Tiger Woods's victory in the 2000 Open Championship at St Andrews was, primarily, a triumph of mind over golf course.

It was hailed as a masterpiece of strategical certainty and the legend is embellished by the fact that Woods never once went into a bunker.

He won the tournament at 19 below par and he was eight shots clear of Ernie Els and Thomas Bjorn at the end.

One of the great Open victories, surely?

Actually, says Woods five years on, he had more than a little luck. "There's absolutely no doubt about that," he owned up yesterday. "I should have been in three or even five bunkers. From the tee shots alone.

"But my ball hopped over the bunker, caught the side or kicked away. Little things like that.

"It happens and fortunately it happened for me that week. I was lucky quite a few times."

The bunkering at St Andrews he describes as " funny." He wonders what several of the bunkers are for.

"Then all of a sudden the wind switches and you know what they're for and that's the beauty of playing here; you're always discovering new bunkers just because the wind changes.

"I've played here in 1995, 1998 and then 2000 and I've experienced all the different types of wind, so I've experienced some bunkers that I didn't think would ever come into play."

And, as he says, he got lucky. Leaving aside the imponderables, Woods is the favourite to win this week. It was put to him that Vijay Singh, with whom he has disputed the world No 1 spot, was his closest rival.

Woods wouldn't be drawn on that one but he invited everyone to examine Singh's record and to draw their own conclusions.

"Even in the weeks that he doesn't win, he's in contention. He's very consistent."

Personal rivalry, though, did not come into Woods's thoughts.

"When we play in the same tournaments, you try to get yourself in position to win. And if you're there and he's there, it's going to be a tougher battle.

"But you need to get there first and it's still not something that you say: OK, if I beat him, I win the tournament. There's a bunch of other guys who are playing really well out there."

While he claims to adore the place, you sense that Woods has reservations about St Andrews. He is constantly stressing the significance of the varying wind speeds and if there is no wind at all - there's been scarcely a puff this week - "guys," he believes, "will shoot some numbers.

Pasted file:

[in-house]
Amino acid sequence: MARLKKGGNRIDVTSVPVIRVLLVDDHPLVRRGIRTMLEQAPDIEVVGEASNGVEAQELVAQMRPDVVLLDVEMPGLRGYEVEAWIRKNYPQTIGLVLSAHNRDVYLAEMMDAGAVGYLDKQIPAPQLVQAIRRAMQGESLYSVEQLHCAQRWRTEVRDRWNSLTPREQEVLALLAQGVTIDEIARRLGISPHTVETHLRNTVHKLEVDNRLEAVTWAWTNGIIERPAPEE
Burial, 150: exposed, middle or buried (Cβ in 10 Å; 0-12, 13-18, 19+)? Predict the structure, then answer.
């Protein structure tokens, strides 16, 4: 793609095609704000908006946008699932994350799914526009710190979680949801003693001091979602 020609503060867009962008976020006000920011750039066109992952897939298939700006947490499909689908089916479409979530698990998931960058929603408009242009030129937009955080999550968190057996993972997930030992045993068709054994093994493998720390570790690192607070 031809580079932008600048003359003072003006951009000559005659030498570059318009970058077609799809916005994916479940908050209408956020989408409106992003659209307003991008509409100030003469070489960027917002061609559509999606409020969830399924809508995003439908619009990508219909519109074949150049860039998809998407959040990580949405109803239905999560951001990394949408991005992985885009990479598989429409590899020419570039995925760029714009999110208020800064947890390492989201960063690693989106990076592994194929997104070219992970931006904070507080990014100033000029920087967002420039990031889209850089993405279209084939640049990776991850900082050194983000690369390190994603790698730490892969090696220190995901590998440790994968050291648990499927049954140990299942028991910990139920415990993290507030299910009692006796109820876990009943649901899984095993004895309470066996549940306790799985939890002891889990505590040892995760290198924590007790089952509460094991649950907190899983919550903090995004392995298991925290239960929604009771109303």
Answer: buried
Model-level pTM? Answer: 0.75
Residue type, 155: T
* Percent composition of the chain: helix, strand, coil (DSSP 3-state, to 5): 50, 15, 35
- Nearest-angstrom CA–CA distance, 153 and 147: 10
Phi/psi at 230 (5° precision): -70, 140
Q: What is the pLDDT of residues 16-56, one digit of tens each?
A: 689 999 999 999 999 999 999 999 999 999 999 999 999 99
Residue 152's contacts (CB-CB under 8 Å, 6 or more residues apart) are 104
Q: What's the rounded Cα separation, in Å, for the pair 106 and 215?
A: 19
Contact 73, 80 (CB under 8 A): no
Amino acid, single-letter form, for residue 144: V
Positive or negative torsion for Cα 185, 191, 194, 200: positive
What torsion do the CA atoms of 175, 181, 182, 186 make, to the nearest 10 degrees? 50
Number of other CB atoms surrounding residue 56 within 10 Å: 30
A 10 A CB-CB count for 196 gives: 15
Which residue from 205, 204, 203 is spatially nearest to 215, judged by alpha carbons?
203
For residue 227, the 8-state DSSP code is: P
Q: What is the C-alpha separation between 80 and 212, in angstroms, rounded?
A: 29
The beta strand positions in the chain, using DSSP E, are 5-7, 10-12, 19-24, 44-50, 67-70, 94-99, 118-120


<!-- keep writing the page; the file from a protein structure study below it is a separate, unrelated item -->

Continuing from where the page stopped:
"The greens are at a speed where you can be aggressive. They're firm, though, and it will be interesting to see how tough they'll make the pins. Over the knobs or on the corners.

"That will be the only defence if the wind doesn't blow."

For himself, he was indifferent to the conditions.

"It doesn't matter either way. Everybody has to play the same course but the luck factor does come into it when you consider the tee times. Hopefully, I'm on the good side of the draw."

Much is made of the differing approach to their Open championships between the R&A and the USGA. The Americans present their courses on the wrong side of murderous while Open courses are, more or less, left to nature.

Who gets it right? "The R&A set-up is generally more fair," said Woods. He did have in mind that notorious year (1999) at Carnoustie but, apart from that instance, the British way was the more reasonable.

"They do the right thing here, they let Mother Nature dictate what the winning score is going to be."

And, having said that, he suspected that the R&A set up their courses on the easy side in case the wind gets up.

As Jack Nicklaus prepares to leave the stage, the question somehow becomes more urgent. Can Woods surpass the older man's record of 18 major championships?

Woods cannot find a direct answer.

"If I'm lucky enough to tie, come near or to pass Jack, it's going to take an entire career. It is not something that is going to happen in a short ten or eleven-year period.

"It took Jack 24 years to win all his majors so it's going to take me a while but at least I'm heading in the right direction."